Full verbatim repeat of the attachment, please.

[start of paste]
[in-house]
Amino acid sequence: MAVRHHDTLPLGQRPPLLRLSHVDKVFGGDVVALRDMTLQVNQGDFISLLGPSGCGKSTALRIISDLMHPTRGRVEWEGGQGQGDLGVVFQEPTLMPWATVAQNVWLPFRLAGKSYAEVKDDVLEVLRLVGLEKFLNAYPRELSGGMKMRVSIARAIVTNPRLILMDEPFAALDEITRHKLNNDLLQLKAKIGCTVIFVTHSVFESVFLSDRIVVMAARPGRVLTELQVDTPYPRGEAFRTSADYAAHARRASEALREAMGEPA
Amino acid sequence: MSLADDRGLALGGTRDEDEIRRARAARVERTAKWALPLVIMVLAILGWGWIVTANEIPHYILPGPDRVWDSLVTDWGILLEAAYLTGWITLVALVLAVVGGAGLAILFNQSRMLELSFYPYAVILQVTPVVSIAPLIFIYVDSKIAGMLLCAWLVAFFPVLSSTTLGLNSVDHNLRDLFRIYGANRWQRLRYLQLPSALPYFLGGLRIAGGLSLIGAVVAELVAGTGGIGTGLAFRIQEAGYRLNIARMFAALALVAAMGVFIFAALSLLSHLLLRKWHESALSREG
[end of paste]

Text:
[in-house]
Amino acid sequence: MAVRHHDTLPLGQRPPLLRLSHVDKVFGGDVVALRDMTLQVNQGDFISLLGPSGCGKSTALRIISDLMHPTRGRVEWEGGQGQGDLGVVFQEPTLMPWATVAQNVWLPFRLAGKSYAEVKDDVLEVLRLVGLEKFLNAYPRELSGGMKMRVSIARAIVTNPRLILMDEPFAALDEITRHKLNNDLLQLKAKIGCTVIFVTHSVFESVFLSDRIVVMAARPGRVLTELQVDTPYPRGEAFRTSADYAAHARRASEALREAMGEPA
Amino acid sequence: MSLADDRGLALGGTRDEDEIRRARAARVERTAKWALPLVIMVLAILGWGWIVTANEIPHYILPGPDRVWDSLVTDWGILLEAAYLTGWITLVALVLAVVGGAGLAILFNQSRMLELSFYPYAVILQVTPVVSIAPLIFIYVDSKIAGMLLCAWLVAFFPVLSSTTLGLNSVDHNLRDLFRIYGANRWQRLRYLQLPSALPYFLGGLRIAGGLSLIGAVVAELVAGTGGIGTGLAFRIQEAGYRLNIARMFAALALVAAMGVFIFAALSLLSHLLLRKWHESALSREG